• Chad Frey - January 17, 2018 reply

    Sometimes I get great album reviews , Sometimes I don’t. You can’t always get what you want.
    Begging for more? Critics that bore. https://youtu.be/4HmGpav7qzo

  • Bobbo - January 17, 2018 reply

    It seems to take about 20 good things said to counter 1 bad thing.

    At least in my brain.

  • Darren - January 17, 2018 reply

    For a critic to be able to criticise music fairly they must be able to appreciate all music in all it’s forms to some degree. Criticism can be hard to take but knowing your own music and it’s purpose is more important than one person’s view which may, at times, be limited.

  • Krimminall - January 17, 2018 reply

    Thank you so much, I needed to read this article. Very helpful, considering that I was one of those artists. One who wanted to please everybody, through time I learned you cannot. So I will take the criticism with a “grain of salt” from now on. Thank you again!!

  • Christopher James Wallace - January 17, 2018 reply

    Brilliant tips to get us songwriters prepared… Especially those of us who tend to take things a bit personal – It’s hard not to when you put your heart and soul into a song. As always, these blogs help us refocus. Cheers!

  • Hannah Lyndsay Lane - January 18, 2018 reply

    It’s funny. I put a fantastic song called Feel Good Vibe up for review and got loads of “I hate auto tune” so I gave it a 5.5. That’s not objective. Then the next reviewer gives it a 10 and says it’s the best thing they ever heard. Although they say it’s the correct way to critique a song, you cannot have a jazz writer or a heavy metal player or a punk rocker critique a pop song. Their bias shows. If it’s pop, it should only be reviewed by someone who listens to and buys pop. JMHO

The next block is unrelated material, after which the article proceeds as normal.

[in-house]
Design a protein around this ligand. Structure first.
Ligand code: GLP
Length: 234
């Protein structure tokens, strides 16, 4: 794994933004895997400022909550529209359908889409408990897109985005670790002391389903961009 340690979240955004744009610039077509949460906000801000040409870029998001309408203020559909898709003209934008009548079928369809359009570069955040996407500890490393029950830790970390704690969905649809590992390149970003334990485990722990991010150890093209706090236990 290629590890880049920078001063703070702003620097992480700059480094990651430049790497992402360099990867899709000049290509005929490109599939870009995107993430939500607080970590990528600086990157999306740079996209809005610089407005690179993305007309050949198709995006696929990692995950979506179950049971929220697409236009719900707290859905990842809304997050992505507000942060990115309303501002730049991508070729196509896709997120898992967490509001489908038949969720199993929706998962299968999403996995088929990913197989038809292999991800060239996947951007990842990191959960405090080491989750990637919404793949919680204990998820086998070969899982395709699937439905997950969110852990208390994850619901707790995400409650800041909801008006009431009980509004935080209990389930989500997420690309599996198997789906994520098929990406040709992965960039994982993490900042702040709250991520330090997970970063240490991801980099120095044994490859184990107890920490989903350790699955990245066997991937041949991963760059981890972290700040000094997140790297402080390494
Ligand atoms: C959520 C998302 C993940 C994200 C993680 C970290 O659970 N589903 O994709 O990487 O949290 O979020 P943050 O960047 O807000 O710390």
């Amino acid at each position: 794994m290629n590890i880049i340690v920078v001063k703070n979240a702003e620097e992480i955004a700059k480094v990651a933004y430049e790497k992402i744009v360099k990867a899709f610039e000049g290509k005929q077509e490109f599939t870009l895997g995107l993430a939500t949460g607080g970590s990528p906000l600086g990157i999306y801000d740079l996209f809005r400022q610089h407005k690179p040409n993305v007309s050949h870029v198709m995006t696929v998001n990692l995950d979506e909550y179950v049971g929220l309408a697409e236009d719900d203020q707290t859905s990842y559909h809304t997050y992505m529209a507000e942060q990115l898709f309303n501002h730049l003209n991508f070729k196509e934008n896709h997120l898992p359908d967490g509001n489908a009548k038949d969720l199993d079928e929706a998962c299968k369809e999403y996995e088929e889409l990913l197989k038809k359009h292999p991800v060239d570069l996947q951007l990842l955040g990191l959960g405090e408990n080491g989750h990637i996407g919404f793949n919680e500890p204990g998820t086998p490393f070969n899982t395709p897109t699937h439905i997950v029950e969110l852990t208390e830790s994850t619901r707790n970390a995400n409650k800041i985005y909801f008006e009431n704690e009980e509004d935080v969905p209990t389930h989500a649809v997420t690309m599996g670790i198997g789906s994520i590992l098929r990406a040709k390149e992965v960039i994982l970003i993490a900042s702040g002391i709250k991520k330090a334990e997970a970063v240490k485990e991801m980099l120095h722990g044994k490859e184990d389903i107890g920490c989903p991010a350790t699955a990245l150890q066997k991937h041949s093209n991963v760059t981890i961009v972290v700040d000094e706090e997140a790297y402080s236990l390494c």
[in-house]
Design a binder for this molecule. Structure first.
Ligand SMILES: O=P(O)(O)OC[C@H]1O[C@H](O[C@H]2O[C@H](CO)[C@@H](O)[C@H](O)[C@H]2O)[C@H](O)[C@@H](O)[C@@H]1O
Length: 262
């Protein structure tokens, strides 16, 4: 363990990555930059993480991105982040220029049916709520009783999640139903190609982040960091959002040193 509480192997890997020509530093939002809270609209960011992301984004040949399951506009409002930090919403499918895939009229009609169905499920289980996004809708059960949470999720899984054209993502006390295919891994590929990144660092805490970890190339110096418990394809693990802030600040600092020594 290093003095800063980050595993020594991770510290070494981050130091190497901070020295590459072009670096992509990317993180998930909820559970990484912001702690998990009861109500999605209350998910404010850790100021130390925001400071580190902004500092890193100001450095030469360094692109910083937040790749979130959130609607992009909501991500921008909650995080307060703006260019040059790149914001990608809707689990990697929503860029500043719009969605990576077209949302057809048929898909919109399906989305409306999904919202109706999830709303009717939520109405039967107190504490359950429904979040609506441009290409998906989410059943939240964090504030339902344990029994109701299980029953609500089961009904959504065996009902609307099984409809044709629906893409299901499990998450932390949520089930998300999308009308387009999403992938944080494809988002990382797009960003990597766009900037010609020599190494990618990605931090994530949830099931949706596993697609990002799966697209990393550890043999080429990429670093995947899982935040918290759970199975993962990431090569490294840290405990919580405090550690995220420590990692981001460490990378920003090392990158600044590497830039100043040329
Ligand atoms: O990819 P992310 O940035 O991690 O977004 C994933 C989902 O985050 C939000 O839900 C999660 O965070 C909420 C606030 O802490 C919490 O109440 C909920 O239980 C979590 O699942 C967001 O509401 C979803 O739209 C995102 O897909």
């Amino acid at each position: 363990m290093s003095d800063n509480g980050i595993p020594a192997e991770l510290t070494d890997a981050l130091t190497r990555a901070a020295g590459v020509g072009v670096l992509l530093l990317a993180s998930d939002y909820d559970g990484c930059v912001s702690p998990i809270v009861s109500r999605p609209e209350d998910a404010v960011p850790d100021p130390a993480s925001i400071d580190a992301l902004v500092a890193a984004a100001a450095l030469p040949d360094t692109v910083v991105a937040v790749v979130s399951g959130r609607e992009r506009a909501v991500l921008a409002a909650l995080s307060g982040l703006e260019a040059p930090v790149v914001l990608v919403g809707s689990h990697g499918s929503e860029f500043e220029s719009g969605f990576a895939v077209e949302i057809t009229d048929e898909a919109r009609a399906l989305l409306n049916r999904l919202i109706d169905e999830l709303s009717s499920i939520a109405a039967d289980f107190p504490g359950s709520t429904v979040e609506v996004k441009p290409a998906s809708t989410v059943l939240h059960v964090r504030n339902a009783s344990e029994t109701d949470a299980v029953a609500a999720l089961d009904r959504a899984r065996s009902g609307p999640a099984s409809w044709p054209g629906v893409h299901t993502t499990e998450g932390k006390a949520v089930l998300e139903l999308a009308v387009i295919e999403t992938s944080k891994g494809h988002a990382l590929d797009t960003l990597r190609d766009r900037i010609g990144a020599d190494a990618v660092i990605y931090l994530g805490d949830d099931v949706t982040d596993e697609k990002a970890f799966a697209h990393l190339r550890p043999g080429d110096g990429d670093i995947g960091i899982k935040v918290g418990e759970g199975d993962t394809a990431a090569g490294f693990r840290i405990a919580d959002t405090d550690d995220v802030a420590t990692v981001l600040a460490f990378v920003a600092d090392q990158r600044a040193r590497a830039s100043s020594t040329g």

• Gear Driver - January 18, 2018 reply

    I’d ignore a bad review… Responding would only draw more publicity to the reviewer and if we’re not sympatico then maybe that’s a reviewer I don’t deem worthy of the tiny additional notoriety that an exchange with me might bring.. People like different music and different styles – if we didn’t then there would be one album which we’d all have and we’d be done…

  • Guy Gorman - January 18, 2018 reply

    Simple, straightforward, helpful.

  • Martin - January 18, 2018 reply

    In my case I’m my own worse critic so a bad review just validates that irrational response. I don’t bother with reviews for that reason and also because I’m not in it for the money.

  • Kodey Woodlands - January 18, 2018 reply

    For what this is worth, I enjoyed both the good comments and the bad comments relating to a review… (And did I get some bad ones!! lol.) One commenter said that my song and voice was so bad that it was the worst song and worst voice he had ever heard in his life!!! and he never wanted to hear me or that song again!! … lol .. but in the same song review where 25 people commented, I got the total opposite comment saying that the difference in the voice and the strange way the song was presented created music that was new and fresh and different, making it stand out and sound original yet retained its ability to stand with other songs. So in the one review, I got a 1 out of 10 score from one critic and a 10 out of 10 score from another critic from the same review. The very song: “ITS-YOU-THAT-I-DREAM-ABOUT” (Kodey Woodlands) has just received a “curation” and that just goes to show that all is not lost just because of a “very” bad review from one critic. As the article states, just keep writing because that is the enjoyable part of a songwriters life wether he wins or looses, and to maintain that difference and originality that one critic hated so much because the other critic loved what the other hated… Its “ART” and beauty is with the eye of the beholder! … lol … So I enjoyed both the bad and the good comments and took note of both… What a great thing that ReverbNation has done to supply 25 to 50 people to listen to your music and give feedback. Its a reality check and after we lick our wounds, we pull our guitars back out from under the bed and get cracking again! writing more songs!!! … lol … Cheers: Kodey Woodlands.